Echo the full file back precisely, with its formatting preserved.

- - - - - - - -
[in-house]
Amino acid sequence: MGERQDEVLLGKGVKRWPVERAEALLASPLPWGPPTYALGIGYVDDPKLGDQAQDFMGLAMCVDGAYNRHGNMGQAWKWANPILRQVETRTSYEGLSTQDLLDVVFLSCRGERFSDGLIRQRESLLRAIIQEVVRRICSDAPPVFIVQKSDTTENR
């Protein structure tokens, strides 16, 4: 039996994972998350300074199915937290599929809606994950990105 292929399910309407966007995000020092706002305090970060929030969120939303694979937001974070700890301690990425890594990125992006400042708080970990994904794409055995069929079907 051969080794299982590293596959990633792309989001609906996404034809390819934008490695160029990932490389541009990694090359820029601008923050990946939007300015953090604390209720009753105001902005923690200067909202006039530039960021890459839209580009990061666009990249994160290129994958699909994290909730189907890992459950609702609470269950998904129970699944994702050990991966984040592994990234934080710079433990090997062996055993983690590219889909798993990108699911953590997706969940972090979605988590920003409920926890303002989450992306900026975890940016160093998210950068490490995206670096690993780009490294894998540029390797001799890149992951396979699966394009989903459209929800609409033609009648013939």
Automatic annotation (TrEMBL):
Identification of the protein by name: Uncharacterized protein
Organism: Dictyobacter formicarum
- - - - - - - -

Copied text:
[in-house]
Amino acid sequence: MGERQDEVLLGKGVKRWPVERAEALLASPLPWGPPTYALGIGYVDDPKLGDQAQDFMGLAMCVDGAYNRHGNMGQAWKWANPILRQVETRTSYEGLSTQDLLDVVFLSCRGERFSDGLIRQRESLLRAIIQEVVRRICSDAPPVFIVQKSDTTENR
């Protein structure tokens, strides 16, 4: 039996994972998350300074199915937290599929809606994950990105 292929399910309407966007995000020092706002305090970060929030969120939303694979937001974070700890301690990425890594990125992006400042708080970990994904794409055995069929079907 051969080794299982590293596959990633792309989001609906996404034809390819934008490695160029990932490389541009990694090359820029601008923050990946939007300015953090604390209720009753105001902005923690200067909202006039530039960021890459839209580009990061666009990249994160290129994958699909994290909730189907890992459950609702609470269950998904129970699944994702050990991966984040592994990234934080710079433990090997062996055993983690590219889909798993990108699911953590997706969940972090979605988590920003409920926890303002989450992306900026975890940016160093998210950068490490995206670096690993780009490294894998540029390797001799890149992951396979699966394009989903459209929800609409033609009648013939």
Automatic annotation (TrEMBL):
Identification of the protein by name: Uncharacterized protein
Organism: Dictyobacter formicarum